Plaquemines Parish Coastal Erosion

About the Area

Nearly 15 miles south of New Orleans, LA begins the northernmost parts of Plaquemines Parish, an 845 square mile area beginning and ending with the currents of the mighty Mississippi River. As you travel farther and farther south, the urban communities of Belle Chasse gradually meld into the more rural, agricultural areas of Port Sulphur, Empire, Buras, and Venice. Prior to Hurricane Katrina in 2005, this area was home to approximately 28,000, but since then has dropped to nearly 22,000 residents. Much history presides over Plaquemines, from the Woodland Plantation built in the 1830's and pictured on the Southern Comfort whiskey bottle nationwide to the historical Fort Jackson built in 1822 during the Battle of New Orleans. The saltwater marshes and estuaries make for one of the best commercial and sportsman fishing, as well as hunting, areas in the world. Not to mention the enormous natural gas and oil industry that preoccupies this area. 

Google Earth satellite image of the Plaquemines Parish area enclosed in red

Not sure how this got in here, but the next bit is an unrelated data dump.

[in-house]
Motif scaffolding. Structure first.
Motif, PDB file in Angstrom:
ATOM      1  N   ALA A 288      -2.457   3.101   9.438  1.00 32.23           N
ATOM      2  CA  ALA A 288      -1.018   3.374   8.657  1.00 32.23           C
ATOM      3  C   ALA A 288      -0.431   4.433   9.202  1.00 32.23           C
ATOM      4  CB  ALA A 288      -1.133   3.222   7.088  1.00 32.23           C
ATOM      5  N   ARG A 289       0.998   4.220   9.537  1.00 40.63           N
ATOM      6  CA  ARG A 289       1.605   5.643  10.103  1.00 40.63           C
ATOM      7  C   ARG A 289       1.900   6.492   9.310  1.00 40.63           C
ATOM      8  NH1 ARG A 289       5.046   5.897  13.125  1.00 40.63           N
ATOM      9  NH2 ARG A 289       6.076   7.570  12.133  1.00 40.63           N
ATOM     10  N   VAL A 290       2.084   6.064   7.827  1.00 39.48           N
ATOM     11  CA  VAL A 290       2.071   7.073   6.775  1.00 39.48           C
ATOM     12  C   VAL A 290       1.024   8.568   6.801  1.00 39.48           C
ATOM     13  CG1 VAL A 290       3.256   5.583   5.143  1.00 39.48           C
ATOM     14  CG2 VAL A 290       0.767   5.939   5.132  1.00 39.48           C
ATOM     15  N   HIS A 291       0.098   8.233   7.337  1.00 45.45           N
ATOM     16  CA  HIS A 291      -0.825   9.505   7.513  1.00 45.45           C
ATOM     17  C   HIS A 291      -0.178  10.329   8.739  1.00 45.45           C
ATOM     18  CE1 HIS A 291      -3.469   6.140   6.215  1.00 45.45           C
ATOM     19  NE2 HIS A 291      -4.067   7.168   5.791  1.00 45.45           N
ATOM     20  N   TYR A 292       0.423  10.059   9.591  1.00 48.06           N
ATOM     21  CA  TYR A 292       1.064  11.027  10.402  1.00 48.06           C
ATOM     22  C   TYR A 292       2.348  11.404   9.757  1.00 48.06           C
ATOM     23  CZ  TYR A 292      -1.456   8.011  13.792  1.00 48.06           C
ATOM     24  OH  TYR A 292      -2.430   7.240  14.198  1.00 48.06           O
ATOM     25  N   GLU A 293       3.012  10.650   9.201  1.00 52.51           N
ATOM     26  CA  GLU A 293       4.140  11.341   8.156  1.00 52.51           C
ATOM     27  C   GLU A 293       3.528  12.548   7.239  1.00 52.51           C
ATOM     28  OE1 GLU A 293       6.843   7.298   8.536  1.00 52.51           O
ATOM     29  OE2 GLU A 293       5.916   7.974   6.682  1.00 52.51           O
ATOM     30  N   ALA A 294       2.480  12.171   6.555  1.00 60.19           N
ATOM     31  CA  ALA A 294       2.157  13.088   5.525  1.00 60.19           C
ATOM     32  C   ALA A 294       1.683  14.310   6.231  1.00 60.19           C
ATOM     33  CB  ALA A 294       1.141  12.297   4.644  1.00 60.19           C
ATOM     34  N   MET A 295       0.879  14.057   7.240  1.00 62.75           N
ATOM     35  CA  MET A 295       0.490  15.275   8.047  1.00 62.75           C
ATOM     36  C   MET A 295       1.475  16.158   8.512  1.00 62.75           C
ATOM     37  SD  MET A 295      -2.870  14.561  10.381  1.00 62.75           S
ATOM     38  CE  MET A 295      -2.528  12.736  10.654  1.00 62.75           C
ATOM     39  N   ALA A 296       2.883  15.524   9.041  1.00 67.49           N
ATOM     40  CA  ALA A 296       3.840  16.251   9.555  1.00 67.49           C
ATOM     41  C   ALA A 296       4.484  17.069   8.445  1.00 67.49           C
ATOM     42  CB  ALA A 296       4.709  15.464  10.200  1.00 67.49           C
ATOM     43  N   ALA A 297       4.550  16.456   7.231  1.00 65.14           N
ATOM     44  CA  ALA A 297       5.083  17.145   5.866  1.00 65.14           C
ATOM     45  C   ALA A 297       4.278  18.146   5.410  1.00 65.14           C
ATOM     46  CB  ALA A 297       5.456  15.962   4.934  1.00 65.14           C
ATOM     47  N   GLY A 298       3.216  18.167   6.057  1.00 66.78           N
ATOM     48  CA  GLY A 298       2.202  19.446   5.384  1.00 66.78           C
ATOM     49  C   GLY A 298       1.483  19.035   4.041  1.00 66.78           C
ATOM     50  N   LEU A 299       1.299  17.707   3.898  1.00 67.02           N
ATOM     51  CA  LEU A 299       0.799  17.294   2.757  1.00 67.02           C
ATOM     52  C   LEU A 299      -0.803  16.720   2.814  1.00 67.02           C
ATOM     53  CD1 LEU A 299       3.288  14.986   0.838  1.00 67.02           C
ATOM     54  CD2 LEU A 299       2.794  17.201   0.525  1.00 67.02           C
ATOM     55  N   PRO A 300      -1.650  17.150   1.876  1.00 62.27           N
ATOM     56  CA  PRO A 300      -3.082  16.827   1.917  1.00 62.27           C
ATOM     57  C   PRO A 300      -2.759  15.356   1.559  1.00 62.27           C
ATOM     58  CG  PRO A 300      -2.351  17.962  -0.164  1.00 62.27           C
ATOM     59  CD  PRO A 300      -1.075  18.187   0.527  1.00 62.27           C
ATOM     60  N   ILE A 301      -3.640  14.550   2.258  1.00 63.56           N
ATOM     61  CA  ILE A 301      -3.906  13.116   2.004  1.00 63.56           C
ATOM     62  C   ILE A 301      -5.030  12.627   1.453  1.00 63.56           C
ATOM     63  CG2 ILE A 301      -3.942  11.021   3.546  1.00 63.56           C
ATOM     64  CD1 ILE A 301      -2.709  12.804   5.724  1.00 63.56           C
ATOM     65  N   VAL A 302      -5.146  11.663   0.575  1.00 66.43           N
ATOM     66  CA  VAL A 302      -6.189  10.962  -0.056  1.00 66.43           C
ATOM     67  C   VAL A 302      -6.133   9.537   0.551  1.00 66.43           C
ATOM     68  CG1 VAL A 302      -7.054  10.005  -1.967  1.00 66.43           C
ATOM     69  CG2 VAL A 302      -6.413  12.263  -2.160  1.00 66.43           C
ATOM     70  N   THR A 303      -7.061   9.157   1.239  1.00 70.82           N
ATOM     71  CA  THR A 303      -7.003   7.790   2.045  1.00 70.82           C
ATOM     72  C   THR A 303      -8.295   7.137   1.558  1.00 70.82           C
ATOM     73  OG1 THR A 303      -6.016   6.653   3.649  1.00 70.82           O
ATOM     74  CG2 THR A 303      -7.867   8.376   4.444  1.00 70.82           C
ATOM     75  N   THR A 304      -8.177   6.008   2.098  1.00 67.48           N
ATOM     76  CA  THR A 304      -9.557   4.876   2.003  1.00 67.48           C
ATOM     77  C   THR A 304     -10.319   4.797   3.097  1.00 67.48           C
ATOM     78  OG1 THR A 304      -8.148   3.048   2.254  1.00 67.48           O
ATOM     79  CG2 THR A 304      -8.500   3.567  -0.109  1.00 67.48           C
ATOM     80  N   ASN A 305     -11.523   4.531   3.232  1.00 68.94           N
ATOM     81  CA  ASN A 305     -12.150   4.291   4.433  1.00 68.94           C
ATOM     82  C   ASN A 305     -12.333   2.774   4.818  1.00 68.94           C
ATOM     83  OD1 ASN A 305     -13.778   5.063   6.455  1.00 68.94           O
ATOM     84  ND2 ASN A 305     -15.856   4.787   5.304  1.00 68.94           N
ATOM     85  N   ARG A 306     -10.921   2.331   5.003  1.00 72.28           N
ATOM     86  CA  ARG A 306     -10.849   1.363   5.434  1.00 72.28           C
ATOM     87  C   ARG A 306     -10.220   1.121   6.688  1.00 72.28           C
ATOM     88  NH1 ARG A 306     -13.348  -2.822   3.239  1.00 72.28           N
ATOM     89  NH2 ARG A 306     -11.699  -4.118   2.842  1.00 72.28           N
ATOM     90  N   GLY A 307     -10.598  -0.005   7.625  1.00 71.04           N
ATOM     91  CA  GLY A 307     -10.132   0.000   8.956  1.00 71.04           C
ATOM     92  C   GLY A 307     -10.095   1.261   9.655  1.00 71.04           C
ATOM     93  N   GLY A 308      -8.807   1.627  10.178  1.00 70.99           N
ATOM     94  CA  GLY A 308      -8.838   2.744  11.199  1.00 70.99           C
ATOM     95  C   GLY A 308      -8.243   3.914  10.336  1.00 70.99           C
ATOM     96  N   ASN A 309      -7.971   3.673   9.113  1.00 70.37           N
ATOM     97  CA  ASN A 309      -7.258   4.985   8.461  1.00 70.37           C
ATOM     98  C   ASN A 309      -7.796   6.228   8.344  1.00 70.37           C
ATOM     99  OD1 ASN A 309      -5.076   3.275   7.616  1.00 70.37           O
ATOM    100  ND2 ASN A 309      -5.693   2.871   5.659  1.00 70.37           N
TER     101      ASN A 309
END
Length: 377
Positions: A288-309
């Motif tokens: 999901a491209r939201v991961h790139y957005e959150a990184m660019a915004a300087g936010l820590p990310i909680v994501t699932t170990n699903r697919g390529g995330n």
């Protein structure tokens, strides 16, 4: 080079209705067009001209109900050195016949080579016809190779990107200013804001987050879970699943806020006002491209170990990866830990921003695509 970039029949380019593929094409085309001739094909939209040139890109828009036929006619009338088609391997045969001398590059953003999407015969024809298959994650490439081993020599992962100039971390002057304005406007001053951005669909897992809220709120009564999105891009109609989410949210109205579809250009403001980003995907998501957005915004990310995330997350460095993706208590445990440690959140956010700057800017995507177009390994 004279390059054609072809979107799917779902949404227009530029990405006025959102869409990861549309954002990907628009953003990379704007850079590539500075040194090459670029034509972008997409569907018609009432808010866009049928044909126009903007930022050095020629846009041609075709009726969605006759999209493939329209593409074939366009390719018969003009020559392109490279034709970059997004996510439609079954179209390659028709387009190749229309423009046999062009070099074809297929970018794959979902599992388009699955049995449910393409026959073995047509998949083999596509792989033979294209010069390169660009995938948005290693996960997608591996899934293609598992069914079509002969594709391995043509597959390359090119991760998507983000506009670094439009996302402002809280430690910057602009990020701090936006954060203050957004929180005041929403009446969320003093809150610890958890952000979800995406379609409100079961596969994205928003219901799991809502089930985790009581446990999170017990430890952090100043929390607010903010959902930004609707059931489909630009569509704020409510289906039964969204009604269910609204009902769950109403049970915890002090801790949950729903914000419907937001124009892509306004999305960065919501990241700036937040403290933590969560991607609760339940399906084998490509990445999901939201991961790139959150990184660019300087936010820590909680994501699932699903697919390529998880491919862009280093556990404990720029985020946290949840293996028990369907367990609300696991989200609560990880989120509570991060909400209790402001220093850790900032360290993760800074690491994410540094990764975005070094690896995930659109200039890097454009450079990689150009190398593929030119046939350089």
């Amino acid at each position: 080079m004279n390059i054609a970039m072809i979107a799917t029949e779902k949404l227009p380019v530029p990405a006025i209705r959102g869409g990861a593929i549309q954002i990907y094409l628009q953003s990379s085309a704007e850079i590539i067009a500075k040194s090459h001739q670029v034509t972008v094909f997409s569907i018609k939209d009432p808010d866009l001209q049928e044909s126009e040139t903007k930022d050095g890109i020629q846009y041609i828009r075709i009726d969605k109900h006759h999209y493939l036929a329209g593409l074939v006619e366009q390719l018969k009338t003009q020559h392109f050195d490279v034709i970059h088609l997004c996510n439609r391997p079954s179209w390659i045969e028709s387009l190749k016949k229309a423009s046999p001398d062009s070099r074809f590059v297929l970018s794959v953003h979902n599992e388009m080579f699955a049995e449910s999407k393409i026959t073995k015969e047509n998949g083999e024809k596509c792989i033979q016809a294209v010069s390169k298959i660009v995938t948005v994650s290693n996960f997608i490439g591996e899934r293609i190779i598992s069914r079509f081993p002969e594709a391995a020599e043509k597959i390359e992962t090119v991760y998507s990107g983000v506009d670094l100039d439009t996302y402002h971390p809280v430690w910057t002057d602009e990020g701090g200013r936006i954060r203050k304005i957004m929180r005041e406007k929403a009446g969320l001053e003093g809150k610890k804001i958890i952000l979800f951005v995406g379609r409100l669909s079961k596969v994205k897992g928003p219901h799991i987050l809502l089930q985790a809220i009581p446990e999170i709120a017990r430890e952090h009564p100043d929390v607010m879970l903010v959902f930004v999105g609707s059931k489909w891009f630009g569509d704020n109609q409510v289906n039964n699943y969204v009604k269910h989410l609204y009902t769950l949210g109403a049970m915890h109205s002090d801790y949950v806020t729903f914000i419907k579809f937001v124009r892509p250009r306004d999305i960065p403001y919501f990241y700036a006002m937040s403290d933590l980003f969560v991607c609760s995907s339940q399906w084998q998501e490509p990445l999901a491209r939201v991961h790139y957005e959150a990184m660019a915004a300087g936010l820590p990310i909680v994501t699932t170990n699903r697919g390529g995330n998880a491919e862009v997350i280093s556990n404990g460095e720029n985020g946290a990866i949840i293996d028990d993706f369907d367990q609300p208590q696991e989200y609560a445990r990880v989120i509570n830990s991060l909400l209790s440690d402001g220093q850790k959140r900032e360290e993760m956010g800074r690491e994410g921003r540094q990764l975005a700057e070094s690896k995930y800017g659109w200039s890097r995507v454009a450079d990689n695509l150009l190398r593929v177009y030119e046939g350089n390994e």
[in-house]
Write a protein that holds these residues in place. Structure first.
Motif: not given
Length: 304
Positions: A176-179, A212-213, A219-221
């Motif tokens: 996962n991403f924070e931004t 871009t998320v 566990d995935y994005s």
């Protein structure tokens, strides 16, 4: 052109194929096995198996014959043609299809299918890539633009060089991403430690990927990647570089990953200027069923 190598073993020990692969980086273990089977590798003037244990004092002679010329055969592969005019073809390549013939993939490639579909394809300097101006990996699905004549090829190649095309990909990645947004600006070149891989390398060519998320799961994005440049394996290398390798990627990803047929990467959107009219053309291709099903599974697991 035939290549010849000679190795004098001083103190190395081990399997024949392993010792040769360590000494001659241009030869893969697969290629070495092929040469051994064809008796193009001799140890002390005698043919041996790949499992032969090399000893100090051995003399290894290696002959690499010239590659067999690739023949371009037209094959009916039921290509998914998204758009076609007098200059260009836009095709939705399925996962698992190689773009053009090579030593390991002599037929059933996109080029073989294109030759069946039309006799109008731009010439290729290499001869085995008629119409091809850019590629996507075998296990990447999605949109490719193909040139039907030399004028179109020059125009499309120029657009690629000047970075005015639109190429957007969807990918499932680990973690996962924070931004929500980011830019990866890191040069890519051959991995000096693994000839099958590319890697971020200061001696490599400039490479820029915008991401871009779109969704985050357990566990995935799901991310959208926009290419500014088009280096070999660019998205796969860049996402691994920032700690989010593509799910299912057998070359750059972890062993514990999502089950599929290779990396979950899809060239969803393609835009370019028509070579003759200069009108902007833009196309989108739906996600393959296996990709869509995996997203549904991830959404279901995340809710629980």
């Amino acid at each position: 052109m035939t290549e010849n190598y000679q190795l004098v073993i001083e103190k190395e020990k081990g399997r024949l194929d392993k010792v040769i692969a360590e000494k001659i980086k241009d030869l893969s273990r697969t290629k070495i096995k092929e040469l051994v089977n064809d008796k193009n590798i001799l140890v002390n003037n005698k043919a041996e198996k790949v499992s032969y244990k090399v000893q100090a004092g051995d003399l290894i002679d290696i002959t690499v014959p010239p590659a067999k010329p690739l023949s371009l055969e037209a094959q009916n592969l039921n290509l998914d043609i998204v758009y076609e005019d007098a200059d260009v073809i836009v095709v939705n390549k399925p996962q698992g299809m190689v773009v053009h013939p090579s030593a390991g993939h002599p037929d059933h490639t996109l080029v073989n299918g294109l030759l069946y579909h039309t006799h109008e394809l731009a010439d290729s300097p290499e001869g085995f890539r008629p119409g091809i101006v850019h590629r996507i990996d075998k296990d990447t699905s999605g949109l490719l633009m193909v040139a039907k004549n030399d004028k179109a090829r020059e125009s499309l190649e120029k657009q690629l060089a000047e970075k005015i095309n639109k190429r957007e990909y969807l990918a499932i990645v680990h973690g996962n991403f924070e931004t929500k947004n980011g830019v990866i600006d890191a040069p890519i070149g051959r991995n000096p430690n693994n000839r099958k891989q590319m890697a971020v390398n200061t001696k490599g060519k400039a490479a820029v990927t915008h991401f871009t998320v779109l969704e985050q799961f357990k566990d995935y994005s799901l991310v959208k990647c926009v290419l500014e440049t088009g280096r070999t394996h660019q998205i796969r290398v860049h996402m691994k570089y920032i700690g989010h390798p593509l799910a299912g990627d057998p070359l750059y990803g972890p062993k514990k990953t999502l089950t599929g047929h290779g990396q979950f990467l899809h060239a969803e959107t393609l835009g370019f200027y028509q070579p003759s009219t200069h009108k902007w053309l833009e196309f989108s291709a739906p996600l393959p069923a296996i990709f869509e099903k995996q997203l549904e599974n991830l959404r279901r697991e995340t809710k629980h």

But a sad reality faces this region. The once plentiful marshes and bayous of this area are disappearing at an exponential rate, and affecting the livelihood of the very people who depend on this fragile ecosystem. Not a recurring thought to most, but for the residents of Plaquemines this desperate situation daily threatens not only their home, but also their way of life. Perhaps our nation needs to be reminded of this dire need for interference and help. The following pages give first hand accounts to the frustration, anxiety, desperation, hopelessness, and in some cases hopefulness of the heartbreaking situation they must endure. 

The subset shows the location of Plaquemines in relation to the entire state of Louisiana. The map clearly shows the various cities that make up Plaquemines Parish as well as the Gulf of Mexico and the Mississippi River